However, that regulation would not be enough to stop dissolution of the companies, reckons Mr Gomez-Pintado, as maintenance of the Royal Decree-Law is crucial while the norms on giving the second chance to viable firms are being negotiated for the other Law. Barcelona Developer Association Head Marc Torrent agreed that although the sector is surely experiencing a turning point, it is not capitalized sufficiently to face lack of the Law as the fight is also against becoming insolvent.

The Royal Decree-Law 10/2008 repeatedly appears in annual reports of real estate firms. When it comes to the listed ones, some of them managed to improve considerabe parts of their balances this year.

For instance, Colonial pointed out that if it hadn’t been to the Decree, its land affiliate Asentia would have been dissolved on 31st December 2013. The firm, now having Villar Mir as the majority stakeholder, sold the troublesome branch this year.

Furthermore, Martinsa Fadesa avoided liquidation in 2013, in spite of having net balance in the red. Quabit admitted an 18.8 million euro deficit in its accounts, but instead thanks to the Law it is planning to float its own Reit now.

Finally, Reyal Urbis, currently in talks with creditors, was shown a 429.9 million euro hole in 2013 but it defended itself from total bankruptcy by including the Royal Decree-Law 10/2008 in its annual reporting.


Original story: Cinco Días (by Alberto Ortín Ramón)

Translation: AURA REE

Reyal Urbis Owes €458 Mn to the Treasury, Regional & Local Authorities

3/12/2014 – Expansion

Reyal Urbis owes €457.88 million to the Tax Office, several regions and city halls. This is a mere 11.5% part of the €3.98 billion total liability of the property manager.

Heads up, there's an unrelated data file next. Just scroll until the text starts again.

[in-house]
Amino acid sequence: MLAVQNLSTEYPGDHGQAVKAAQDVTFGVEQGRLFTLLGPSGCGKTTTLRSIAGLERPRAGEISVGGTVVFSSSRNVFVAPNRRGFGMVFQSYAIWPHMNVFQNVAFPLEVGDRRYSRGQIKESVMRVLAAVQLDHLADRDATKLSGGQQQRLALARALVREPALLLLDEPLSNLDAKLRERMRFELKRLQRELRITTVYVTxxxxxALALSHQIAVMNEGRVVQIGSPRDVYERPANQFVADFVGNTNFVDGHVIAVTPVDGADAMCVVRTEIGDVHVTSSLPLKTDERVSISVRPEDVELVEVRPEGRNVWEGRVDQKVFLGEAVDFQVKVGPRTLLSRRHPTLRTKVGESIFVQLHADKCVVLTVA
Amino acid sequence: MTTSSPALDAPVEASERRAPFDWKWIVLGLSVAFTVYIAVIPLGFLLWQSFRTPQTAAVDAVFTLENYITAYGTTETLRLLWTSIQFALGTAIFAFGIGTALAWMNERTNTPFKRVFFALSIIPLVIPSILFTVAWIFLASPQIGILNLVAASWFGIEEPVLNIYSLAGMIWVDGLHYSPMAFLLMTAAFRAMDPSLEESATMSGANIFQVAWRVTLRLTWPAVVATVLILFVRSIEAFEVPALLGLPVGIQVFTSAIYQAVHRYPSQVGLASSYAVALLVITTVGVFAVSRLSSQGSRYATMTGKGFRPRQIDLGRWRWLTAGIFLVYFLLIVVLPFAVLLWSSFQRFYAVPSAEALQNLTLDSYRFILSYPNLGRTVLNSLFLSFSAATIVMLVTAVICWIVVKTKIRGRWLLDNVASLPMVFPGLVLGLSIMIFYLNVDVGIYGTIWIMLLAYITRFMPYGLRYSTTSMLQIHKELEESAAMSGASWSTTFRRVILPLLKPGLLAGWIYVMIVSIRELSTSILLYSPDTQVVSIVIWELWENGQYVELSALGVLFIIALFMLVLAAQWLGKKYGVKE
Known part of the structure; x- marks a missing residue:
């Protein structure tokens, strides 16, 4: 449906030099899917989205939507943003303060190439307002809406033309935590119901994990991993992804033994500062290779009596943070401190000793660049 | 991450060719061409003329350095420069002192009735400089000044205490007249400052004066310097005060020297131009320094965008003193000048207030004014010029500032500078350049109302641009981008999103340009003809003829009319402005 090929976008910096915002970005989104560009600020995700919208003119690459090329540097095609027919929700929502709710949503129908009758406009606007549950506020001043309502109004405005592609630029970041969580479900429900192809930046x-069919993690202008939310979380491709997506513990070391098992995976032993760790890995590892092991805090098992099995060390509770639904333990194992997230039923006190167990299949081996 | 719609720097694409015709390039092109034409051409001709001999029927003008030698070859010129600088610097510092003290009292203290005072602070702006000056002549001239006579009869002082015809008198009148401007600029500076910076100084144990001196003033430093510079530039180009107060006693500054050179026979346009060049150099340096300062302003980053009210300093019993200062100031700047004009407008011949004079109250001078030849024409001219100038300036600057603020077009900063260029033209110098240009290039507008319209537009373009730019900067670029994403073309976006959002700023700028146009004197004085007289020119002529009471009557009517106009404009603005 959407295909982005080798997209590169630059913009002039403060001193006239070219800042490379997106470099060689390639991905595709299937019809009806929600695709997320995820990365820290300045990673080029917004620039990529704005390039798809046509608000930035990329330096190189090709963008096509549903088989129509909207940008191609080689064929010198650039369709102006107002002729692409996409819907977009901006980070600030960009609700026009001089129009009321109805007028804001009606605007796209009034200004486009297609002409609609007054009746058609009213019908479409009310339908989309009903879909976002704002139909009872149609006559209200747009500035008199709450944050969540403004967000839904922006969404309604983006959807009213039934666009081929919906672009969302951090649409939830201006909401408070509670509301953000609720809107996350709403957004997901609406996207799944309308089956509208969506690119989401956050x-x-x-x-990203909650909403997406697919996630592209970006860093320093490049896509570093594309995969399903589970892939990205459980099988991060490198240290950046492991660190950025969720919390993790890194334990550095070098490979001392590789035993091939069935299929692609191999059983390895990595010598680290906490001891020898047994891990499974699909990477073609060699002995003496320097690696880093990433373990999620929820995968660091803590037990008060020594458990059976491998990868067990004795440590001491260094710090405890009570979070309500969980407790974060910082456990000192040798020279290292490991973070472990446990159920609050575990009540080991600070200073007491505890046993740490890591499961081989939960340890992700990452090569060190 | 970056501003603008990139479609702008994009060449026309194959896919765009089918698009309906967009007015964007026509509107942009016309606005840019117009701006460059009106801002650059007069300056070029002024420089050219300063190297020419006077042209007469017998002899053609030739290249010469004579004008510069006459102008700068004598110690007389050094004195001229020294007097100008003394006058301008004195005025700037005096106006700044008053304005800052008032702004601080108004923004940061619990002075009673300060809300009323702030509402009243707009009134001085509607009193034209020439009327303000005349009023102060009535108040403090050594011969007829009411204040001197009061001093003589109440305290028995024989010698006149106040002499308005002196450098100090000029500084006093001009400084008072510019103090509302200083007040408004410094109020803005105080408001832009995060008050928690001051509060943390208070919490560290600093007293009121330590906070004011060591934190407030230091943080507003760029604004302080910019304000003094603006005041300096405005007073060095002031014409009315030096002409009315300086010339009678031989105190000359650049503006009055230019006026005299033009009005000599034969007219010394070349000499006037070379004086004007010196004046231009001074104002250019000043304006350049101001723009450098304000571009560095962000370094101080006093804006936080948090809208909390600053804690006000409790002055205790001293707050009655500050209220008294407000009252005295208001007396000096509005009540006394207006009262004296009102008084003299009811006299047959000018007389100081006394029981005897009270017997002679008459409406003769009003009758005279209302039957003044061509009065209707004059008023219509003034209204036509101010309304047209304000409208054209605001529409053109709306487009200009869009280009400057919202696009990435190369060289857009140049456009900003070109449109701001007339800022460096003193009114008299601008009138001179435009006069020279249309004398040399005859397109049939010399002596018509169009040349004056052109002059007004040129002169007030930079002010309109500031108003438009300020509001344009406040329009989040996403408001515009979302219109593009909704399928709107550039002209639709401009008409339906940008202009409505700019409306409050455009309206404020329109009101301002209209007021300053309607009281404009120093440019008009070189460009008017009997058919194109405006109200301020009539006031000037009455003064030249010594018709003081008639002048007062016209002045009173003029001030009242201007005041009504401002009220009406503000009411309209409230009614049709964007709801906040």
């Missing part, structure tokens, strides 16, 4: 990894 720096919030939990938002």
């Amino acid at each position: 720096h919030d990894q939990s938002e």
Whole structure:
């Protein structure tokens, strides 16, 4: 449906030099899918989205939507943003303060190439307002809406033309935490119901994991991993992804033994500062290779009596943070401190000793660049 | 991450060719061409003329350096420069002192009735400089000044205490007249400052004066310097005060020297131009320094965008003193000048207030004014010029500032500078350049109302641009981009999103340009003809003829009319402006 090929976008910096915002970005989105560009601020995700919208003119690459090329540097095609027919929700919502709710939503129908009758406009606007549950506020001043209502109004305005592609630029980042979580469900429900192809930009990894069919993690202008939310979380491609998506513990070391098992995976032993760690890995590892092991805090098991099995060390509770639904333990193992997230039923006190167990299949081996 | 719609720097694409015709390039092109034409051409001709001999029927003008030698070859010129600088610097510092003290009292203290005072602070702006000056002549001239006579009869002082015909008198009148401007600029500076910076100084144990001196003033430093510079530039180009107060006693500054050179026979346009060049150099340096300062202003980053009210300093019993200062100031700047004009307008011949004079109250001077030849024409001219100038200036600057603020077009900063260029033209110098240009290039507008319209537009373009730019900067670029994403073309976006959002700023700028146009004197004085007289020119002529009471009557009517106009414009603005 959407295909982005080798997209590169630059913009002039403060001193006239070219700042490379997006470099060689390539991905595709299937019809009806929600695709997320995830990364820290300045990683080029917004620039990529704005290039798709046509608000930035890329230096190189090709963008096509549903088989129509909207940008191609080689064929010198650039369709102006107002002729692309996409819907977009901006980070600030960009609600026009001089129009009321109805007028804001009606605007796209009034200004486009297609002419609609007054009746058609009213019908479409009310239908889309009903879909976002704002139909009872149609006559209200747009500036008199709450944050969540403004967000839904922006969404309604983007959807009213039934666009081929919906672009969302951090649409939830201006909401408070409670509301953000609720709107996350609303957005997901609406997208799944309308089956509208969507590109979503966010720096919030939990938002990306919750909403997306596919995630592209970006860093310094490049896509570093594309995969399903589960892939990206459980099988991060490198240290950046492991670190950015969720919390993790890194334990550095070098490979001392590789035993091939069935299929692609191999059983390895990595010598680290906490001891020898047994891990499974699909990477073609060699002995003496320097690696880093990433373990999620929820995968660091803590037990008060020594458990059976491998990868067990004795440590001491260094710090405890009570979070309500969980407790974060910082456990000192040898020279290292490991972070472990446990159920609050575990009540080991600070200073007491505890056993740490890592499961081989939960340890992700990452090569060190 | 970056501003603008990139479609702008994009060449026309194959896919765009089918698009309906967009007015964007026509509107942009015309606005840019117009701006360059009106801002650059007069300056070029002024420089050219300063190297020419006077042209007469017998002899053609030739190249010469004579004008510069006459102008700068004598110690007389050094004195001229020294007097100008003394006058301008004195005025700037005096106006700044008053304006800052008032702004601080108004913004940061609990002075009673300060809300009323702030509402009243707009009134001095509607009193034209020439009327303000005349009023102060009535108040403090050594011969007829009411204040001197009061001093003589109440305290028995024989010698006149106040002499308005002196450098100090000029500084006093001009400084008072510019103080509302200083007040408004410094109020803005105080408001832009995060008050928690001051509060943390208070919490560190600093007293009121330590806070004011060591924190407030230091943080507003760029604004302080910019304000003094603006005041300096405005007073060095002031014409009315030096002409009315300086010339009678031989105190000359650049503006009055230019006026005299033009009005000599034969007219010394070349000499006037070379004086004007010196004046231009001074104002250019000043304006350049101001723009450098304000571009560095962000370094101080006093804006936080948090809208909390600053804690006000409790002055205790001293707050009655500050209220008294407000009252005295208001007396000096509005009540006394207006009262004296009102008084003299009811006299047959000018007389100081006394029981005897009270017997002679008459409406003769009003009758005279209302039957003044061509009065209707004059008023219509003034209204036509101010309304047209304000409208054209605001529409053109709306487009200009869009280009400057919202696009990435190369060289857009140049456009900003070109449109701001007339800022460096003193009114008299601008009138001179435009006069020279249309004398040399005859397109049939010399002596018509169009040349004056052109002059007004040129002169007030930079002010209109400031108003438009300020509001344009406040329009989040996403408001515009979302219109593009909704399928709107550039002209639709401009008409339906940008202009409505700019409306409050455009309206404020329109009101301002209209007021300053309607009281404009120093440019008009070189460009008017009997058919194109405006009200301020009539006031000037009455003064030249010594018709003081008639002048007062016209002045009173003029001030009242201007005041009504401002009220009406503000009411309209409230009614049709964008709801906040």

Reyal Urbis went bankrupt in 2013 with €2.5 billion in the red. At that time, it disposed of a €1.47 billion worth of real estate available to pay the debt off. The company chaired by Rafael Santamaria repeatedly stated it was working on an agreement with creditors to be presented ‘in the nearest future’.

During recession, the asset valuation carried out at the moment of bankruptcy got outdated as it had not taken into consideration any transactions pending closing, nor the asset depreciation over time. Specifically, sales offloaded its balance by €232.10 million and the value loss took away another €689.62 million.

Current debt of Reyal is mostly made up of ‘fees for issuing certificates by corresponding administrative bodies’.

In the first nine months of the ongoing year, the company lost net €483.6 million which adds 35% to its 2013 ‘red’. The loss was driven up by provisions and increased accrued liability caused by interests.


Original article: Expansión

Translation: AURA REE